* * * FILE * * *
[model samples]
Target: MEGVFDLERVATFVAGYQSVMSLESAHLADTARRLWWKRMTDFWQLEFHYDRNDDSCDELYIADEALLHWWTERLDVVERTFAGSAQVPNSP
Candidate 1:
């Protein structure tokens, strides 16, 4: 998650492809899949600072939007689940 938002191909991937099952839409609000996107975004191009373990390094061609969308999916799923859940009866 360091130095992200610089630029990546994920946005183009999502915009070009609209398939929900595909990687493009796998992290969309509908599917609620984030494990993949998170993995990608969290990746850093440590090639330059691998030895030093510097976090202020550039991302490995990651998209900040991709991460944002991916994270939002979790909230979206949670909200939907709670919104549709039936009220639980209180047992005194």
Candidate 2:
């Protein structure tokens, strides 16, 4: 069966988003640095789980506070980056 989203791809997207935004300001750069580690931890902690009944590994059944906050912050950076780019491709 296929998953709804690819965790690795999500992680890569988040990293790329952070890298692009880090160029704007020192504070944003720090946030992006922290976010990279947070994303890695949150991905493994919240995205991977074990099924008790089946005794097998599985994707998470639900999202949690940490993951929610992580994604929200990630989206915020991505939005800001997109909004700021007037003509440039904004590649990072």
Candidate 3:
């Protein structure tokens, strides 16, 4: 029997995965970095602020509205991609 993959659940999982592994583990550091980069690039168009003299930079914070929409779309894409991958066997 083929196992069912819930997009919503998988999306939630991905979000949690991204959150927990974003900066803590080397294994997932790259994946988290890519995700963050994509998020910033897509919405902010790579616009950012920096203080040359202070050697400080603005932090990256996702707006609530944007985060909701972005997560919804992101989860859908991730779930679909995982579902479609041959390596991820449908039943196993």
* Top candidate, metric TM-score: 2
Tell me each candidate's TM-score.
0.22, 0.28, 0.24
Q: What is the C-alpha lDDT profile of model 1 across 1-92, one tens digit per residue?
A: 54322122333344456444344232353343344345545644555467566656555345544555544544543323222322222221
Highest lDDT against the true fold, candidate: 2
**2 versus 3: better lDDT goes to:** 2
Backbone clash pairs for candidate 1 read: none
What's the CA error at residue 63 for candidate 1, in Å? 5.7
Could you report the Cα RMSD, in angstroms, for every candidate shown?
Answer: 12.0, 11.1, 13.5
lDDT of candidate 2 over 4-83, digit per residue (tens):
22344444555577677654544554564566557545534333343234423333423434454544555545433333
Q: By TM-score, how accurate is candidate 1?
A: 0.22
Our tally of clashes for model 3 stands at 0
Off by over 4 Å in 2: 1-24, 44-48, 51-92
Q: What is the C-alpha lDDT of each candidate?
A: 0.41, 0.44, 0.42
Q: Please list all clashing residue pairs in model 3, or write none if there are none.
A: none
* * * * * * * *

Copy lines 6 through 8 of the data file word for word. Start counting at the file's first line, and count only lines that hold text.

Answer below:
């Protein structure tokens, strides 16, 4: 069966988003640095789980506070980056 989203791809997207935004300001750069580690931890902690009944590994059944906050912050950076780019491709 296929998953709804690819965790690795999500992680890569988040990293790329952070890298692009880090160029704007020192504070944003720090946030992006922290976010990279947070994303890695949150991905493994919240995205991977074990099924008790089946005794097998599985994707998470639900999202949690940490993951929610992580994604929200990630989206915020991505939005800001997109909004700021007037003509440039904004590649990072």
Candidate 3:
């Protein structure tokens, strides 16, 4: 029997995965970095602020509205991609 993959659940999982592994583990550091980069690039168009003299930079914070929409779309894409991958066997 083929196992069912819930997009919503998988999306939630991905979000949690991204959150927990974003900066803590080397294994997932790259994946988290890519995700963050994509998020910033897509919405902010790579616009950012920096203080040359202070050697400080603005932090990256996702707006609530944007985060909701972005997560919804992101989860859908991730779930679909995982579902479609041959390596991820449908039943196993």